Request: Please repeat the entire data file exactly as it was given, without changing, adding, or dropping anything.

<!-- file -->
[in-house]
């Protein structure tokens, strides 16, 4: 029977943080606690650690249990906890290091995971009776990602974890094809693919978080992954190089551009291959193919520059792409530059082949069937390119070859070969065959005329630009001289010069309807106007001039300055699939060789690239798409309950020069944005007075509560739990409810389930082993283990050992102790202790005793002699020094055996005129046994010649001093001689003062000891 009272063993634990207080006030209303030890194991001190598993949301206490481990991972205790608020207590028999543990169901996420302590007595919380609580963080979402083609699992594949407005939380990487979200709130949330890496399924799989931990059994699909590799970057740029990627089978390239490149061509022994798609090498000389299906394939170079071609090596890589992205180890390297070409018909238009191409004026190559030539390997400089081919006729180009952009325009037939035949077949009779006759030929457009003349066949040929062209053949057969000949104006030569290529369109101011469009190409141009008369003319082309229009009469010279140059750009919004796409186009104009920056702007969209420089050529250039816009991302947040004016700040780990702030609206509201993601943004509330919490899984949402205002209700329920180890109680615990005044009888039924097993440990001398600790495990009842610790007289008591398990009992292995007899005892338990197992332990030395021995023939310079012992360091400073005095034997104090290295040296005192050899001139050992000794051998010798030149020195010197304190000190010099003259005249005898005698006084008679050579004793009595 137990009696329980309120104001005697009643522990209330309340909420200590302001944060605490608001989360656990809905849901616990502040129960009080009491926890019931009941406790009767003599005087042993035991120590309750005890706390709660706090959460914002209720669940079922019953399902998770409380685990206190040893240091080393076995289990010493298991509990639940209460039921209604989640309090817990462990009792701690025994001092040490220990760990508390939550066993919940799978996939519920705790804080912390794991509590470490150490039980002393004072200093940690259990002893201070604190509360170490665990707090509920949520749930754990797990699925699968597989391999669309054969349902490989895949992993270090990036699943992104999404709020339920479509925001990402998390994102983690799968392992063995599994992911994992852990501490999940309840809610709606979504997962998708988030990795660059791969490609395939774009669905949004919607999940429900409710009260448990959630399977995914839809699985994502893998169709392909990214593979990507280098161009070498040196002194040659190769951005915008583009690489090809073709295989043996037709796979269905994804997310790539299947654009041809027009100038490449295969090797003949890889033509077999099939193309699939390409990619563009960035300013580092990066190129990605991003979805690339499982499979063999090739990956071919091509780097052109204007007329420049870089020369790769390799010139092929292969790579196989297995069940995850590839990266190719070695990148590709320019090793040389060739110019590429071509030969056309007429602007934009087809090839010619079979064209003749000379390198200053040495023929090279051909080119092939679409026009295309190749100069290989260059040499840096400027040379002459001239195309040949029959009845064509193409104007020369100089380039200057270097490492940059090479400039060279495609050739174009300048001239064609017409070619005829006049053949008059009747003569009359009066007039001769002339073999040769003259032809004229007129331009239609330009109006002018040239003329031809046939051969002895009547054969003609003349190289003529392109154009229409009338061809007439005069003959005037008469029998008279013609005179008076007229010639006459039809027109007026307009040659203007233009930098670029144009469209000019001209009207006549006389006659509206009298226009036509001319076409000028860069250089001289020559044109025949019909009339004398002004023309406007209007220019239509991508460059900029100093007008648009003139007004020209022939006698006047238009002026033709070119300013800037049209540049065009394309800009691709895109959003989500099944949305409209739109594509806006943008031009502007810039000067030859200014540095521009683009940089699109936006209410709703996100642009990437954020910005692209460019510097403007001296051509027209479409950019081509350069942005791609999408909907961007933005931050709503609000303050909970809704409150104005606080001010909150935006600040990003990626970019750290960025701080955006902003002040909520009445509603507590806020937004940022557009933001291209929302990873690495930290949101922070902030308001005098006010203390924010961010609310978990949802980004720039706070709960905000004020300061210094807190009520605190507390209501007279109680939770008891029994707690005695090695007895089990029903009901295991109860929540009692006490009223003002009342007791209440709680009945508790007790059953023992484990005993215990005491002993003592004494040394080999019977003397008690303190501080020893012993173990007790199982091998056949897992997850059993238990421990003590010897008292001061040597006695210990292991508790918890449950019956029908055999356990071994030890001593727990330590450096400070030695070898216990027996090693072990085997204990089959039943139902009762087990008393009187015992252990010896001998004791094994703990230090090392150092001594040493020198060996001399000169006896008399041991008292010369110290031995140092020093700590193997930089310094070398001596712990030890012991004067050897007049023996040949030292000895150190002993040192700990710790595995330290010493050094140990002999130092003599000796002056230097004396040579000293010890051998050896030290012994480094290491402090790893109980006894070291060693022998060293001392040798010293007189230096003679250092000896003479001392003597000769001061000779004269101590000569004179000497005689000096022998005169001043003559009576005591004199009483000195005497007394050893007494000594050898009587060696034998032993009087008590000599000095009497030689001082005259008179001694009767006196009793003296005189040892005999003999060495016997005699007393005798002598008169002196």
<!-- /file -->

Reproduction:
[in-house]
């Protein structure tokens, strides 16, 4: 029977943080606690650690249990906890290091995971009776990602974890094809693919978080992954190089551009291959193919520059792409530059082949069937390119070859070969065959005329630009001289010069309807106007001039300055699939060789690239798409309950020069944005007075509560739990409810389930082993283990050992102790202790005793002699020094055996005129046994010649001093001689003062000891 009272063993634990207080006030209303030890194991001190598993949301206490481990991972205790608020207590028999543990169901996420302590007595919380609580963080979402083609699992594949407005939380990487979200709130949330890496399924799989931990059994699909590799970057740029990627089978390239490149061509022994798609090498000389299906394939170079071609090596890589992205180890390297070409018909238009191409004026190559030539390997400089081919006729180009952009325009037939035949077949009779006759030929457009003349066949040929062209053949057969000949104006030569290529369109101011469009190409141009008369003319082309229009009469010279140059750009919004796409186009104009920056702007969209420089050529250039816009991302947040004016700040780990702030609206509201993601943004509330919490899984949402205002209700329920180890109680615990005044009888039924097993440990001398600790495990009842610790007289008591398990009992292995007899005892338990197992332990030395021995023939310079012992360091400073005095034997104090290295040296005192050899001139050992000794051998010798030149020195010197304190000190010099003259005249005898005698006084008679050579004793009595 137990009696329980309120104001005697009643522990209330309340909420200590302001944060605490608001989360656990809905849901616990502040129960009080009491926890019931009941406790009767003599005087042993035991120590309750005890706390709660706090959460914002209720669940079922019953399902998770409380685990206190040893240091080393076995289990010493298991509990639940209460039921209604989640309090817990462990009792701690025994001092040490220990760990508390939550066993919940799978996939519920705790804080912390794991509590470490150490039980002393004072200093940690259990002893201070604190509360170490665990707090509920949520749930754990797990699925699968597989391999669309054969349902490989895949992993270090990036699943992104999404709020339920479509925001990402998390994102983690799968392992063995599994992911994992852990501490999940309840809610709606979504997962998708988030990795660059791969490609395939774009669905949004919607999940429900409710009260448990959630399977995914839809699985994502893998169709392909990214593979990507280098161009070498040196002194040659190769951005915008583009690489090809073709295989043996037709796979269905994804997310790539299947654009041809027009100038490449295969090797003949890889033509077999099939193309699939390409990619563009960035300013580092990066190129990605991003979805690339499982499979063999090739990956071919091509780097052109204007007329420049870089020369790769390799010139092929292969790579196989297995069940995850590839990266190719070695990148590709320019090793040389060739110019590429071509030969056309007429602007934009087809090839010619079979064209003749000379390198200053040495023929090279051909080119092939679409026009295309190749100069290989260059040499840096400027040379002459001239195309040949029959009845064509193409104007020369100089380039200057270097490492940059090479400039060279495609050739174009300048001239064609017409070619005829006049053949008059009747003569009359009066007039001769002339073999040769003259032809004229007129331009239609330009109006002018040239003329031809046939051969002895009547054969003609003349190289003529392109154009229409009338061809007439005069003959005037008469029998008279013609005179008076007229010639006459039809027109007026307009040659203007233009930098670029144009469209000019001209009207006549006389006659509206009298226009036509001319076409000028860069250089001289020559044109025949019909009339004398002004023309406007209007220019239509991508460059900029100093007008648009003139007004020209022939006698006047238009002026033709070119300013800037049209540049065009394309800009691709895109959003989500099944949305409209739109594509806006943008031009502007810039000067030859200014540095521009683009940089699109936006209410709703996100642009990437954020910005692209460019510097403007001296051509027209479409950019081509350069942005791609999408909907961007933005931050709503609000303050909970809704409150104005606080001010909150935006600040990003990626970019750290960025701080955006902003002040909520009445509603507590806020937004940022557009933001291209929302990873690495930290949101922070902030308001005098006010203390924010961010609310978990949802980004720039706070709960905000004020300061210094807190009520605190507390209501007279109680939770008891029994707690005695090695007895089990029903009901295991109860929540009692006490009223003002009342007791209440709680009945508790007790059953023992484990005993215990005491002993003592004494040394080999019977003397008690303190501080020893012993173990007790199982091998056949897992997850059993238990421990003590010897008292001061040597006695210990292991508790918890449950019956029908055999356990071994030890001593727990330590450096400070030695070898216990027996090693072990085997204990089959039943139902009762087990008393009187015992252990010896001998004791094994703990230090090392150092001594040493020198060996001399000169006896008399041991008292010369110290031995140092020093700590193997930089310094070398001596712990030890012991004067050897007049023996040949030292000895150190002993040192700990710790595995330290010493050094140990002999130092003599000796002056230097004396040579000293010890051998050896030290012994480094290491402090790893109980006894070291060693022998060293001392040798010293007189230096003679250092000896003479001392003597000769001061000779004269101590000569004179000497005689000096022998005169001043003559009576005591004199009483000195005497007394050893007494000594050898009587060696034998032993009087008590000599000095009497030689001082005259008179001694009767006196009793003296005189040892005999003999060495016997005699007393005798002598008169002196």